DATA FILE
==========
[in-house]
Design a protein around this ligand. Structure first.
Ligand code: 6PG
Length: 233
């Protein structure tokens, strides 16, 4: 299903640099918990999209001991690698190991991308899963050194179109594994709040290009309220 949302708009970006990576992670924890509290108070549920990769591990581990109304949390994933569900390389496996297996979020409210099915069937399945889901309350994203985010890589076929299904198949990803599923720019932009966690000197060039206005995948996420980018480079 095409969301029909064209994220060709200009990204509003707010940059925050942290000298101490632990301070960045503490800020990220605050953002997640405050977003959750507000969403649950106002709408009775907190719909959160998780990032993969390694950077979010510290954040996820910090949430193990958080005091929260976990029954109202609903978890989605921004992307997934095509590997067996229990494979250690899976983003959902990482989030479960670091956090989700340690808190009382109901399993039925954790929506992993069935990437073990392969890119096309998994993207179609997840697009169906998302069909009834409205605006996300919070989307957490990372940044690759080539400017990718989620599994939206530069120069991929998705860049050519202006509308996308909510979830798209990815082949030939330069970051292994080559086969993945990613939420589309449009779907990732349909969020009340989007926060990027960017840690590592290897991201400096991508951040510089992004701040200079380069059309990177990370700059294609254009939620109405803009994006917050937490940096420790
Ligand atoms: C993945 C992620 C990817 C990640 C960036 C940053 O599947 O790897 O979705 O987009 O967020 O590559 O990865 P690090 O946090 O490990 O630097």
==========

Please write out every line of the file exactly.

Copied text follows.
[in-house]
Design a protein around this ligand. Structure first.
Ligand code: 6PG
Length: 233
């Protein structure tokens, strides 16, 4: 299903640099918990999209001991690698190991991308899963050194179109594994709040290009309220 949302708009970006990576992670924890509290108070549920990769591990581990109304949390994933569900390389496996297996979020409210099915069937399945889901309350994203985010890589076929299904198949990803599923720019932009966690000197060039206005995948996420980018480079 095409969301029909064209994220060709200009990204509003707010940059925050942290000298101490632990301070960045503490800020990220605050953002997640405050977003959750507000969403649950106002709408009775907190719909959160998780990032993969390694950077979010510290954040996820910090949430193990958080005091929260976990029954109202609903978890989605921004992307997934095509590997067996229990494979250690899976983003959902990482989030479960670091956090989700340690808190009382109901399993039925954790929506992993069935990437073990392969890119096309998994993207179609997840697009169906998302069909009834409205605006996300919070989307957490990372940044690759080539400017990718989620599994939206530069120069991929998705860049050519202006509308996308909510979830798209990815082949030939330069970051292994080559086969993945990613939420589309449009779907990732349909969020009340989007926060990027960017840690590592290897991201400096991508951040510089992004701040200079380069059309990177990370700059294609254009939620109405803009994006917050937490940096420790
Ligand atoms: C993945 C992620 C990817 C990640 C960036 C940053 O599947 O790897 O979705 O987009 O967020 O590559 O990865 P690090 O946090 O490990 O630097």